But as any startup founder knows, when you have a subscription product, the CAC comes out of your pocket right away and the quicker you grow, the more you have to put up money upfront, so you want to make sure that the terms allow you to retain the customer long enough for the person to see results. Once a client sees the results, they are more likely to stay.
Since we launched in 2019, we’ve had over 50,000 customers [he did not share a number for current users].
AFN: What kinds of clients is Bioniq attracting?
VF: There are three core consumers. Females 35+ interested in prevention and looking after themselves. Fitness enthusiasts who love their Apple watches and gadgets. And then you have the group of consumers aged 50+, where it becomes more of a longevity support system. So we have clients who are basically outsourcing their health monitoring to us.
AFN: Does the price point limit your potential audience?
VF: I think if people are willing to spend $100 a month on dried mixed vegetables that are not personalized, we’re definitely not pricing ourselves out of the market.
AFN: What things work best in terms of customer acquisition?
VF: From a market entry perspective, because it’s health related, you need to build trust so every time we come into a new market, we’ll partner with leading hospitals, medical care facilities, and professional athletes. One of our very first partners was Lanserhof, a partnership that really put us on the map.
For advertising, podcasts are one of the best channels. People who listen to podcasts want to be educated, they want to learn something new, and they have time.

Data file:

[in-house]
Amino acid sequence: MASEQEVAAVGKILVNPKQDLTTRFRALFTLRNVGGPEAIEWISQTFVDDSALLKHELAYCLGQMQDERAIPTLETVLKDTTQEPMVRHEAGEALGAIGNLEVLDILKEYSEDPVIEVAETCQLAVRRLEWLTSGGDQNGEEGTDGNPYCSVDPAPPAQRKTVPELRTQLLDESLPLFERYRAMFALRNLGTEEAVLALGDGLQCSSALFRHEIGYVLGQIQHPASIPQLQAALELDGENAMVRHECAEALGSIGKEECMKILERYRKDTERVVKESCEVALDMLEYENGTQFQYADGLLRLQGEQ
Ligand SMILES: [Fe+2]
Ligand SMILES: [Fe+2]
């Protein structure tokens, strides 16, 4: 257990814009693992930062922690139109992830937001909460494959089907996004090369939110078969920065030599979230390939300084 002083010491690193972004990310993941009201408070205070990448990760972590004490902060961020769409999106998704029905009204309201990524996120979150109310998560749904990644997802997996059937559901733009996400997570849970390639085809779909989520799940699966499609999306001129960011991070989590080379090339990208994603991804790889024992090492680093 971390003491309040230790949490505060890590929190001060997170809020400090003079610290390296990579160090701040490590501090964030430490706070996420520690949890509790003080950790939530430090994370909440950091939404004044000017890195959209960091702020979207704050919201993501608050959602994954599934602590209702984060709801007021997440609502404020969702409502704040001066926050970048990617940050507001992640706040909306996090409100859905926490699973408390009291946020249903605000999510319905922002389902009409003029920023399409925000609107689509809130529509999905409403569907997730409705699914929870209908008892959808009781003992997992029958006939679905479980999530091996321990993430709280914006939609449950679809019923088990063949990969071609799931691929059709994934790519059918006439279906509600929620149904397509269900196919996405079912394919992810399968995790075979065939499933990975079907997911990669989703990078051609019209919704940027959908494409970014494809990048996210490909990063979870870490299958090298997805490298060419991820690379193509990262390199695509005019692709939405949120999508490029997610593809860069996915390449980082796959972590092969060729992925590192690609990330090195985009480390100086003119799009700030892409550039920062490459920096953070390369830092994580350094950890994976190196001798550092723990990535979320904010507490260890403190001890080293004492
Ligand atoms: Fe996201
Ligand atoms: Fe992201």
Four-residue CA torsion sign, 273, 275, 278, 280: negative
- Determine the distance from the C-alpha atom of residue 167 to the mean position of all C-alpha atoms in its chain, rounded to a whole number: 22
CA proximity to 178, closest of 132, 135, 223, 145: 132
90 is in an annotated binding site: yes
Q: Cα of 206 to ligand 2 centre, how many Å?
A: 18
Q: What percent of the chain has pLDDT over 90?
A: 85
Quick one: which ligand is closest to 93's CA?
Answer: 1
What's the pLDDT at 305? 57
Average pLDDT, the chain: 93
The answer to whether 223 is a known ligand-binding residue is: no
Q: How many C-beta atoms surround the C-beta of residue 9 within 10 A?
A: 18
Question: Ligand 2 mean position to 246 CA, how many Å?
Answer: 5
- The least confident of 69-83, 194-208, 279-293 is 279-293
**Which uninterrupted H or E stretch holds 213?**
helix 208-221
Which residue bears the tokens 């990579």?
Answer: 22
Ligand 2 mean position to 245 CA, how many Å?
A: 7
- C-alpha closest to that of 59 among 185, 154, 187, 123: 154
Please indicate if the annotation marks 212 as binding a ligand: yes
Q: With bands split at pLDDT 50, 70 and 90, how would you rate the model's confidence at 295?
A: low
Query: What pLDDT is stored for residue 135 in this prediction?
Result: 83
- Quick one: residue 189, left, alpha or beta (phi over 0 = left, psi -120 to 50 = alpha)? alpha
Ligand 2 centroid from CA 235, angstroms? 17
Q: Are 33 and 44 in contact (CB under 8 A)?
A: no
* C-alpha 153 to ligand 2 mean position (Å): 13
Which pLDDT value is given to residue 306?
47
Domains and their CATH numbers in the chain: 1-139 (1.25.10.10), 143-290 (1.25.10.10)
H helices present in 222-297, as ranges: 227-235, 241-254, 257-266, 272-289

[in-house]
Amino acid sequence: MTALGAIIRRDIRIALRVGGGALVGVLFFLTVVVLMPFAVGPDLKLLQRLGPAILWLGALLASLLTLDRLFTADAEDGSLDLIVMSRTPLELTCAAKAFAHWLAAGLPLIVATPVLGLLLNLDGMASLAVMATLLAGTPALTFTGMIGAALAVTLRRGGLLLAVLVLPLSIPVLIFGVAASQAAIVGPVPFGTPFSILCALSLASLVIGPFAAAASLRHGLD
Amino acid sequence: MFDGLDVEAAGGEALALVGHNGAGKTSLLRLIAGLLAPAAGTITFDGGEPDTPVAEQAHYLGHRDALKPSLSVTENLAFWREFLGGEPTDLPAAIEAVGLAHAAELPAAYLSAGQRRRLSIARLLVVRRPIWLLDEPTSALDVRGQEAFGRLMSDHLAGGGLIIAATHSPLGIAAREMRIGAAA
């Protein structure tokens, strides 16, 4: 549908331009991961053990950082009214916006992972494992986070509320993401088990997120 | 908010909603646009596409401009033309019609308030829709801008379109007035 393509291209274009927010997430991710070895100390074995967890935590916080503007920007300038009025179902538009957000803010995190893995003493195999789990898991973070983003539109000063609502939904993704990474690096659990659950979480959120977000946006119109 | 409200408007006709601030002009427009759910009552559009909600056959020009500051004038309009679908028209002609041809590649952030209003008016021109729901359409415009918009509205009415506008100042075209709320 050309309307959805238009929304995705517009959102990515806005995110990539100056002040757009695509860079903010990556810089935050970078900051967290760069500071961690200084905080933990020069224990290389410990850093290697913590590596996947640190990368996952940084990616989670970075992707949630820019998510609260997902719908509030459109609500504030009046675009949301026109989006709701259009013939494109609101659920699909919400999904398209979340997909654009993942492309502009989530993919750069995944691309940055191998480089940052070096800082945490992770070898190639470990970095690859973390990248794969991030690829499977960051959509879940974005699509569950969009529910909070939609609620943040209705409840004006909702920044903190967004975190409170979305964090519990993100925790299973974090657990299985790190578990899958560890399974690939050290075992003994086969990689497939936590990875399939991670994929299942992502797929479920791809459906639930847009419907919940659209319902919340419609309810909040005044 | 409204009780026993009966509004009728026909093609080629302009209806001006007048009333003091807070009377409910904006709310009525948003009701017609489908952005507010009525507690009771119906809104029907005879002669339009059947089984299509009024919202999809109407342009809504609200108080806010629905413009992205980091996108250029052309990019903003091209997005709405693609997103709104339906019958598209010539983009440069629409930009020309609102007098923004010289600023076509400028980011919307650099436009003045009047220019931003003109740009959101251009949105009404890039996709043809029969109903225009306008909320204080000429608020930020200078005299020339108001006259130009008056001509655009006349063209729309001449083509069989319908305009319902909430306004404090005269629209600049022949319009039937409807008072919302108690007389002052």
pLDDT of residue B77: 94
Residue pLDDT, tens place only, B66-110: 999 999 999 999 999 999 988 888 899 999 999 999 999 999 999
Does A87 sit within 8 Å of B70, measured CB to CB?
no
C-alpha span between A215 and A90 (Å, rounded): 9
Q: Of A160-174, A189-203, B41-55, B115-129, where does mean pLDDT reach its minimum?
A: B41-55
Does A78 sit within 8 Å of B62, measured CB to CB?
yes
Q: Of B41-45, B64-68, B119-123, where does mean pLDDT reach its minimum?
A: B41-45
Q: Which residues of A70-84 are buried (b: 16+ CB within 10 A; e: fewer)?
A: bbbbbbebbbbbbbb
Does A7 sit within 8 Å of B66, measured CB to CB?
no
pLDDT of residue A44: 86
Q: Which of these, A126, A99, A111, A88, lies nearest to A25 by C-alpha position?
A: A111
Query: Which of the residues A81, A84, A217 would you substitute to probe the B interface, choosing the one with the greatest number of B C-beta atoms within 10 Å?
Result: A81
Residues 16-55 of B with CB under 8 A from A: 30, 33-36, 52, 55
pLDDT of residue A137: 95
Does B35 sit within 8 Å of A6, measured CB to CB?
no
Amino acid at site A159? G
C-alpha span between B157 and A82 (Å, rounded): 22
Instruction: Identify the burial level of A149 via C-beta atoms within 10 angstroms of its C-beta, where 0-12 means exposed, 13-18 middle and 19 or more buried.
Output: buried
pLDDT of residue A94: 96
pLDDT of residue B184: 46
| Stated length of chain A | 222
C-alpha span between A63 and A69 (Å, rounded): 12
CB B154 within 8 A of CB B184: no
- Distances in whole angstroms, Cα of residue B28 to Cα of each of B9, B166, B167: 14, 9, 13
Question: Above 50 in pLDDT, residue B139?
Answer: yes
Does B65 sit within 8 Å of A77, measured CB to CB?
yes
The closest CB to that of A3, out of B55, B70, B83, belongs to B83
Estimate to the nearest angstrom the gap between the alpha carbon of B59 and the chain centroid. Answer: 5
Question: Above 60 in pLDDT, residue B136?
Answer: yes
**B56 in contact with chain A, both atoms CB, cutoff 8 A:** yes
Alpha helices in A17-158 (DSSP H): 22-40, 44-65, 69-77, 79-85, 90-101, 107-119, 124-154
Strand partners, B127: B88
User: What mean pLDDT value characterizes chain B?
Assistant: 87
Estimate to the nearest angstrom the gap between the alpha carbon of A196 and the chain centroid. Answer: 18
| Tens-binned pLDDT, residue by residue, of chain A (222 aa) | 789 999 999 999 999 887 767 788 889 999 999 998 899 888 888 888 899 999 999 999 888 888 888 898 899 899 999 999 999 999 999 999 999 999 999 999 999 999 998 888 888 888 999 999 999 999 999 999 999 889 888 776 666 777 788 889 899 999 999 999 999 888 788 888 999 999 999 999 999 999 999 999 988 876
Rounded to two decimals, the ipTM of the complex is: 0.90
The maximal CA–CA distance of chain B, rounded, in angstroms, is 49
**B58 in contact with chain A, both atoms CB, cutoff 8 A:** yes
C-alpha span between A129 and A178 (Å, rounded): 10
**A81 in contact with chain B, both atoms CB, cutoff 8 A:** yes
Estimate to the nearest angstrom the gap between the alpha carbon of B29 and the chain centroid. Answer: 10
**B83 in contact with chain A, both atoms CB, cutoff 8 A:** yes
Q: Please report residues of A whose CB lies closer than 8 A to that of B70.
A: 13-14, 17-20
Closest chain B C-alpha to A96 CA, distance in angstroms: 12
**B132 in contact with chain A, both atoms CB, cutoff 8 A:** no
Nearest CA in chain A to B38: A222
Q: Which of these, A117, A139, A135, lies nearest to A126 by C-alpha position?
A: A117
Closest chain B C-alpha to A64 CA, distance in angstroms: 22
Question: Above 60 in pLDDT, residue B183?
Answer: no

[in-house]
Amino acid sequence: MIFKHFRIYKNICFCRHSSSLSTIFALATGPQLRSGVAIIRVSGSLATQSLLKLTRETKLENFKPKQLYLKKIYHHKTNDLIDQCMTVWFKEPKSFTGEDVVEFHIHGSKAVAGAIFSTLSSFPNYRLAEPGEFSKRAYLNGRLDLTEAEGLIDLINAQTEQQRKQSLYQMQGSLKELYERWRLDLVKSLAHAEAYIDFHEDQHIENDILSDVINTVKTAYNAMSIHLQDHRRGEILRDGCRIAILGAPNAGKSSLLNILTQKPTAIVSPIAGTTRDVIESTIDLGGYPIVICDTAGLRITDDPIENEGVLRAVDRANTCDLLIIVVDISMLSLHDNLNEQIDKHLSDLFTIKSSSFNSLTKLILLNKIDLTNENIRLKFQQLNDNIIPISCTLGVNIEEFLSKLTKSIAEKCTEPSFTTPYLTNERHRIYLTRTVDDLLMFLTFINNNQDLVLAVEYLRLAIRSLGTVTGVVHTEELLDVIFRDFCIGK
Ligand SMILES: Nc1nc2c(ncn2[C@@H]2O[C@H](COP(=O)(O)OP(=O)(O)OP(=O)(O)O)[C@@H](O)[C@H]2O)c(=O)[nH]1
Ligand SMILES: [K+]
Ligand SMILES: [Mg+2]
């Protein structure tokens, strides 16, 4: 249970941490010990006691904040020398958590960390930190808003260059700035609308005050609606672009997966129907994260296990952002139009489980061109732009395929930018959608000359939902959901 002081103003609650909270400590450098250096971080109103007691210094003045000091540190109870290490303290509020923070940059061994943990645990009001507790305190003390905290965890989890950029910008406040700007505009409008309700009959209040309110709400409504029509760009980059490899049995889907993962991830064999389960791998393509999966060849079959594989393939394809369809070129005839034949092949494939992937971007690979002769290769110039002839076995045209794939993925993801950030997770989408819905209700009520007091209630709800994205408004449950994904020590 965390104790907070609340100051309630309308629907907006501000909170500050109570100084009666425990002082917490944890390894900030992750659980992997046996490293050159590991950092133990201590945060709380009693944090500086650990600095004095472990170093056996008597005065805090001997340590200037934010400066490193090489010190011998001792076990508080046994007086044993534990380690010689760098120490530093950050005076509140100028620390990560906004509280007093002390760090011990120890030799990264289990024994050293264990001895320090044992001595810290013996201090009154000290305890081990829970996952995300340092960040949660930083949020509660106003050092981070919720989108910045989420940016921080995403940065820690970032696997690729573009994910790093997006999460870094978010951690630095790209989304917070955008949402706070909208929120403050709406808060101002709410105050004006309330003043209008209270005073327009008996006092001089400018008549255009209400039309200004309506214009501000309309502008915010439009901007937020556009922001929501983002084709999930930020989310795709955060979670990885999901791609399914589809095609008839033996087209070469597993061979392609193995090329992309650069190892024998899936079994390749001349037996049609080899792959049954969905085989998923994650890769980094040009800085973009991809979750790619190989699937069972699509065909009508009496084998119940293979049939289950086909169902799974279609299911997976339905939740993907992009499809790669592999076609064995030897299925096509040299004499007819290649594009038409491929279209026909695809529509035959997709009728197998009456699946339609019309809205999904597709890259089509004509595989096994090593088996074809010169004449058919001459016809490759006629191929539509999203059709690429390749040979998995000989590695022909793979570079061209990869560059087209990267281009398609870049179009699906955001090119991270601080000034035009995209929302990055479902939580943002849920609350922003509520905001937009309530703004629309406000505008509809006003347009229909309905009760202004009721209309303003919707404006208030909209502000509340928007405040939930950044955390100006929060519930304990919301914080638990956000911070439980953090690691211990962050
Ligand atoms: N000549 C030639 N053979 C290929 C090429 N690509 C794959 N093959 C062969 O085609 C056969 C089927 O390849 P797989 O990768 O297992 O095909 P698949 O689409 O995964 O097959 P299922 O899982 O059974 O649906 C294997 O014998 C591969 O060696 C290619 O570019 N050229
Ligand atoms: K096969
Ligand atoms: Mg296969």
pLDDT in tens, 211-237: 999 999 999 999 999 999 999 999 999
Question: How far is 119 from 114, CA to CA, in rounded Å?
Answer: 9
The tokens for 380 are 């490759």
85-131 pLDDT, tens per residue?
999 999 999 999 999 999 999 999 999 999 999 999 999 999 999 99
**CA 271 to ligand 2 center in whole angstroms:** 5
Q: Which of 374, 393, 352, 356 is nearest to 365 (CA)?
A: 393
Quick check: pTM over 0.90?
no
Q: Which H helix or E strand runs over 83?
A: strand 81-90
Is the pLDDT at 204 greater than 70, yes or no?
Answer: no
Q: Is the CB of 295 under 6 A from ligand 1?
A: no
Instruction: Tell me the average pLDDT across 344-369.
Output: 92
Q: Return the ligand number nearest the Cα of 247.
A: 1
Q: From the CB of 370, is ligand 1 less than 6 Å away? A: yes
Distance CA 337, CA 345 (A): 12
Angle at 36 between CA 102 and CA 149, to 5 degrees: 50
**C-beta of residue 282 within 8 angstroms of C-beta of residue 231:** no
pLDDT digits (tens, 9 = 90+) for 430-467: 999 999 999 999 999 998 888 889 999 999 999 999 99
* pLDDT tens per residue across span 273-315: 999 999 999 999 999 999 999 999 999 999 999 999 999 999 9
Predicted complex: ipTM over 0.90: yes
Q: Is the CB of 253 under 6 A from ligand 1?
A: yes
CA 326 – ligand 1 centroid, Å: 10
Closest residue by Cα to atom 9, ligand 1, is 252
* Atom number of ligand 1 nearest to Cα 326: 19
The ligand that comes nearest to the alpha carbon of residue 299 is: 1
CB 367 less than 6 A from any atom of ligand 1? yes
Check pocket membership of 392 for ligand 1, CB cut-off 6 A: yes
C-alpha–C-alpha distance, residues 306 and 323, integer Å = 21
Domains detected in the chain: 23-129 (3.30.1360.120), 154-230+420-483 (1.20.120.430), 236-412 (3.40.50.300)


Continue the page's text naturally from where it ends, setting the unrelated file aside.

AFN: Which geographical markets are you targeting and why?
VF: Our biggest market now is the US. Our second biggest market is Europe with Germany the largest market, then it’s the Middle East and the UK, our founding market.
AFN: How have you funded the business so far?
VF: We’re funded by some of the leading VC funds in Europe including HV Capital, Unbound, Rocket Internet and Porsche Ventures. When it comes to trying to raise money, the health tech and personalized nutrition sectors are very popular. What has changed is the risk ratio and the investment ratio. If three years ago, you’d get multiples on your revenue, now you’re getting multiples of EBITDA. It used to be a case of, it’s all about growth, let’s think about the burn later. Now, it’s like let’s think about the burn and figure out the growth once we’re profitable.
But what I can tell you very confidently, this period of time does two things. It eliminates the companies that don’t have a product market fit and it puts a lot of pressure internally on optimizing your structures and your processes.
AFN: What are your goals over the next 12 months or so?
VF: There’s going to be a very strong campaign to make Bioniq GO available on a global scale, especially in the US and Middle East. And second, [Bioniq is driving] the shift toward the blood test uploading capability so that the majority of our Bioniq PRO users upload their own blood tests.
We’ve also signed contracts with some of the largest laboratory chains [that do blood testing] so we see an expansion to [reaching] half a million users in a very short timeframe. That will allow the people who don’t do [the more premium] Bioniq PRO [package, which requires blood testing] to still still receive the majority of benefits [because Bioniq is able to improve recommendations for everyone based on blood data from customers signed up for the Bioniq PRO platform].